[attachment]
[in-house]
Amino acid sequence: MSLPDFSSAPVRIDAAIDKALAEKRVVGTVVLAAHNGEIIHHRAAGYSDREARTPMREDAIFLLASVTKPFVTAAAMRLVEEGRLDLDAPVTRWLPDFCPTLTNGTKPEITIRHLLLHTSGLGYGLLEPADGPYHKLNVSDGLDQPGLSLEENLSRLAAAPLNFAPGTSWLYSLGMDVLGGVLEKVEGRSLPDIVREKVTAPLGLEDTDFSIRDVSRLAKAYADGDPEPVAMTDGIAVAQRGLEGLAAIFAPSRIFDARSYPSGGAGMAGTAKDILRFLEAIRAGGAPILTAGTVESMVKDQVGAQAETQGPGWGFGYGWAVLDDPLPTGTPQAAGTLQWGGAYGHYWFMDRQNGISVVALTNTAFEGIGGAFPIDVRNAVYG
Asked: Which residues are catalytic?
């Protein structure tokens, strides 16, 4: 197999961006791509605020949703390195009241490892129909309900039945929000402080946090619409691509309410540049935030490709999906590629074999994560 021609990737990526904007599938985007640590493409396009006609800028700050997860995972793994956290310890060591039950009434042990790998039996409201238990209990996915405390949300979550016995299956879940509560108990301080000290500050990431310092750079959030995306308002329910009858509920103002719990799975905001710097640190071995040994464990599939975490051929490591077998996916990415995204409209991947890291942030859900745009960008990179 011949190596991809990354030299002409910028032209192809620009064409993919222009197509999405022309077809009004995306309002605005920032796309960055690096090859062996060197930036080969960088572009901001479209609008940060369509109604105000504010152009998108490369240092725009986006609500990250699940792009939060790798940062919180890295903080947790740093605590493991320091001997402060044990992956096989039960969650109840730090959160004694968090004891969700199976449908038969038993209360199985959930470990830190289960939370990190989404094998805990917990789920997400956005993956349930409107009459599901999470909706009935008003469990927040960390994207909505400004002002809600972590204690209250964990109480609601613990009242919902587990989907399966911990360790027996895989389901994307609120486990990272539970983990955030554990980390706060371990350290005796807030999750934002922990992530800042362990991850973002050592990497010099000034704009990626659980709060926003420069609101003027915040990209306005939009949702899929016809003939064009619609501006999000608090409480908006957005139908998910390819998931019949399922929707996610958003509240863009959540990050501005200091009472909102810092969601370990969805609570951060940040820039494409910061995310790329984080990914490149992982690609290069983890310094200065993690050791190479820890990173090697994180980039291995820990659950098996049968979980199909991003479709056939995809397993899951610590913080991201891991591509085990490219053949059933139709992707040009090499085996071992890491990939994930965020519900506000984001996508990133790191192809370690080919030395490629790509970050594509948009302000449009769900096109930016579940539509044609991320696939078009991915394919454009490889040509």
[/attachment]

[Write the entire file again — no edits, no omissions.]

[in-house]
Amino acid sequence: MSLPDFSSAPVRIDAAIDKALAEKRVVGTVVLAAHNGEIIHHRAAGYSDREARTPMREDAIFLLASVTKPFVTAAAMRLVEEGRLDLDAPVTRWLPDFCPTLTNGTKPEITIRHLLLHTSGLGYGLLEPADGPYHKLNVSDGLDQPGLSLEENLSRLAAAPLNFAPGTSWLYSLGMDVLGGVLEKVEGRSLPDIVREKVTAPLGLEDTDFSIRDVSRLAKAYADGDPEPVAMTDGIAVAQRGLEGLAAIFAPSRIFDARSYPSGGAGMAGTAKDILRFLEAIRAGGAPILTAGTVESMVKDQVGAQAETQGPGWGFGYGWAVLDDPLPTGTPQAAGTLQWGGAYGHYWFMDRQNGISVVALTNTAFEGIGGAFPIDVRNAVYG
Asked: Which residues are catalytic?
């Protein structure tokens, strides 16, 4: 197999961006791509605020949703390195009241490892129909309900039945929000402080946090619409691509309410540049935030490709999906590629074999994560 021609990737990526904007599938985007640590493409396009006609800028700050997860995972793994956290310890060591039950009434042990790998039996409201238990209990996915405390949300979550016995299956879940509560108990301080000290500050990431310092750079959030995306308002329910009858509920103002719990799975905001710097640190071995040994464990599939975490051929490591077998996916990415995204409209991947890291942030859900745009960008990179 011949190596991809990354030299002409910028032209192809620009064409993919222009197509999405022309077809009004995306309002605005920032796309960055690096090859062996060197930036080969960088572009901001479209609008940060369509109604105000504010152009998108490369240092725009986006609500990250699940792009939060790798940062919180890295903080947790740093605590493991320091001997402060044990992956096989039960969650109840730090959160004694968090004891969700199976449908038969038993209360199985959930470990830190289960939370990190989404094998805990917990789920997400956005993956349930409107009459599901999470909706009935008003469990927040960390994207909505400004002002809600972590204690209250964990109480609601613990009242919902587990989907399966911990360790027996895989389901994307609120486990990272539970983990955030554990980390706060371990350290005796807030999750934002922990992530800042362990991850973002050592990497010099000034704009990626659980709060926003420069609101003027915040990209306005939009949702899929016809003939064009619609501006999000608090409480908006957005139908998910390819998931019949399922929707996610958003509240863009959540990050501005200091009472909102810092969601370990969805609570951060940040820039494409910061995310790329984080990914490149992982690609290069983890310094200065993690050791190479820890990173090697994180980039291995820990659950098996049968979980199909991003479709056939995809397993899951610590913080991201891991591509085990490219053949059933139709992707040009090499085996071992890491990939994930965020519900506000984001996508990133790191192809370690080919030395490629790509970050594509948009302000449009769900096109930016579940539509044609991320696939078009991915394919454009490889040509």